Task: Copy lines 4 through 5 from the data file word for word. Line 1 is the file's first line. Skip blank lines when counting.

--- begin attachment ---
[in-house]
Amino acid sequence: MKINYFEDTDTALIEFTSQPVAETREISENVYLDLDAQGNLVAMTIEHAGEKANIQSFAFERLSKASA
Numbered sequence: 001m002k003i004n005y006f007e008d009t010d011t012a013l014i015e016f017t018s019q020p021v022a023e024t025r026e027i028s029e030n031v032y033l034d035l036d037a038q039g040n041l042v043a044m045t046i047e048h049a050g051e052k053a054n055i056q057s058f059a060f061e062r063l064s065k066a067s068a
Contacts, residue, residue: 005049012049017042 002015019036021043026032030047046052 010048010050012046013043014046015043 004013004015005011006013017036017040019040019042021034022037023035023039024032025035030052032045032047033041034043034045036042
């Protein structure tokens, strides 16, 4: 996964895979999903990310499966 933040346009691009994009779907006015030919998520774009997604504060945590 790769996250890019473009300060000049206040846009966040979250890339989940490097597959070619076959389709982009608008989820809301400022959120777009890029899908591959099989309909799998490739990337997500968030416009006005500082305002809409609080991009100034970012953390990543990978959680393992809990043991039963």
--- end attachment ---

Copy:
Contacts, residue, residue: 005049012049017042 002015019036021043026032030047046052 010048010050012046013043014046015043 004013004015005011006013017036017040019040019042021034022037023035023039024032025035030052032045032047033041034043034045036042
């Protein structure tokens, strides 16, 4: 996964895979999903990310499966 933040346009691009994009779907006015030919998520774009997604504060945590 790769996250890019473009300060000049206040846009966040979250890339989940490097597959070619076959389709982009608008989820809301400022959120777009890029899908591959099989309909799998490739990337997500968030416009006005500082305002809409609080991009100034970012953390990543990978959680393992809990043991039963």